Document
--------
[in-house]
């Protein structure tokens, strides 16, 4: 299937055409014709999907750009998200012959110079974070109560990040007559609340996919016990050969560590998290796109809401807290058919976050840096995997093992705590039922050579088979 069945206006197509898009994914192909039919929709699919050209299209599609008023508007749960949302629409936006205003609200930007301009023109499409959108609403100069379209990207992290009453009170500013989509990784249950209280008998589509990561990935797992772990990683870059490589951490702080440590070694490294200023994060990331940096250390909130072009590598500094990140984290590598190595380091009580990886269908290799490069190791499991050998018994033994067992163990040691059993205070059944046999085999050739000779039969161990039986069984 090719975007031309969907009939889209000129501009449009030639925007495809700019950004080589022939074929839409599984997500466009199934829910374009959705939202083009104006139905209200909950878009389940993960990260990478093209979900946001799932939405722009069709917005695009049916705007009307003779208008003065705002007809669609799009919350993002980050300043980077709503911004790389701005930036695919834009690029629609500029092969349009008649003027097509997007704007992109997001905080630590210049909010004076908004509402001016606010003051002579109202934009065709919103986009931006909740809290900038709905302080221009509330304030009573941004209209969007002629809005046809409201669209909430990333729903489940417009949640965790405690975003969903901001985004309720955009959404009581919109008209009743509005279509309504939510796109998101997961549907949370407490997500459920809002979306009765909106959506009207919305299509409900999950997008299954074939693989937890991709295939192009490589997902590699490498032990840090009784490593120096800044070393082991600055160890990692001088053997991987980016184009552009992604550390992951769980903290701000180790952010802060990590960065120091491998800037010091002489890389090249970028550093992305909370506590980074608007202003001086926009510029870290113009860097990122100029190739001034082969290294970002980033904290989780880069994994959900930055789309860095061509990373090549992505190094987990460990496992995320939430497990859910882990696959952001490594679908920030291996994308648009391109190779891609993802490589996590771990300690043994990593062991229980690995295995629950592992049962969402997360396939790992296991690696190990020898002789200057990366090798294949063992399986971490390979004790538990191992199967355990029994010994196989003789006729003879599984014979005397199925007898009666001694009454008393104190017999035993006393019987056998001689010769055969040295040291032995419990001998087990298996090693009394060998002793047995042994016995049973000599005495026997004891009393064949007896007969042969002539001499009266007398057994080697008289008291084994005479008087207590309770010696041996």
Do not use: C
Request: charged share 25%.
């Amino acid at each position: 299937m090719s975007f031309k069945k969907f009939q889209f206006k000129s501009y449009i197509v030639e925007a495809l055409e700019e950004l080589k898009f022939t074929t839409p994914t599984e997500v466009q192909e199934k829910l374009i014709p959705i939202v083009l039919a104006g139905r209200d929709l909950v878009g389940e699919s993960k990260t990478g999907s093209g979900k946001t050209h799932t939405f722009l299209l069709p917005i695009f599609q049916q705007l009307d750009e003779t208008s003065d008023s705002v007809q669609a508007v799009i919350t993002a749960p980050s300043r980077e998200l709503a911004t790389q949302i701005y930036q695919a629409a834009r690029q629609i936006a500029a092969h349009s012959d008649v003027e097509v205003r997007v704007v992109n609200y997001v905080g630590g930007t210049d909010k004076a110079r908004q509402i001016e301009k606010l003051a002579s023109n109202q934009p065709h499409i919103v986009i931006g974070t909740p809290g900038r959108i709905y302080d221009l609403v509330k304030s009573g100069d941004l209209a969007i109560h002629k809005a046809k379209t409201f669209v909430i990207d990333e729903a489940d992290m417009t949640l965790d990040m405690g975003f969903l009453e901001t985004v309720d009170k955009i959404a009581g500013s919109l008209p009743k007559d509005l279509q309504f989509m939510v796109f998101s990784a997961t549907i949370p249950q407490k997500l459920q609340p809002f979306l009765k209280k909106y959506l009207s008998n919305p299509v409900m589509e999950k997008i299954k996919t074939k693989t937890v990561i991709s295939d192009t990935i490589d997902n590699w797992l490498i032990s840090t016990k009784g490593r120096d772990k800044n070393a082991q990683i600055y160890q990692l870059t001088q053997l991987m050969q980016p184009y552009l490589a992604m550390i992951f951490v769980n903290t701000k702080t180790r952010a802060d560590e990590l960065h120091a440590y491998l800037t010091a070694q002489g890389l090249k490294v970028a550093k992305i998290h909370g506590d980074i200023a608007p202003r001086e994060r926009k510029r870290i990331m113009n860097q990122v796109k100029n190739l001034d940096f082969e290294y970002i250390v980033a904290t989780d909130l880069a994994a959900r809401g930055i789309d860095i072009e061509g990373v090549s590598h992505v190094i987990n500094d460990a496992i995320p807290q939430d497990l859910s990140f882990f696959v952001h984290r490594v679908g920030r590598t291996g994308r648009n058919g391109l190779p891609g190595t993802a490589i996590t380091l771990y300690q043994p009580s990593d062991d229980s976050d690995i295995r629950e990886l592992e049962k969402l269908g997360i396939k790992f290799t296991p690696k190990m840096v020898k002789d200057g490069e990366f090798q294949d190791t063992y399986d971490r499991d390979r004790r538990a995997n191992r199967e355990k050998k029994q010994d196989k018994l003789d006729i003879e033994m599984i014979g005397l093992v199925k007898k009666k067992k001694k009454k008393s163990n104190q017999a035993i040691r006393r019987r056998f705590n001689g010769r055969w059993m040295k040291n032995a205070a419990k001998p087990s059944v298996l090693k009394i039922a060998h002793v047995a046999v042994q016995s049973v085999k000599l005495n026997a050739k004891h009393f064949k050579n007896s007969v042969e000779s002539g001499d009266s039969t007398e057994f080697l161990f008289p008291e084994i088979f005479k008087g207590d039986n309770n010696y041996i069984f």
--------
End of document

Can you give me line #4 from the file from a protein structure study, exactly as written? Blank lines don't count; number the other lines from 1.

Request: charged share 25%.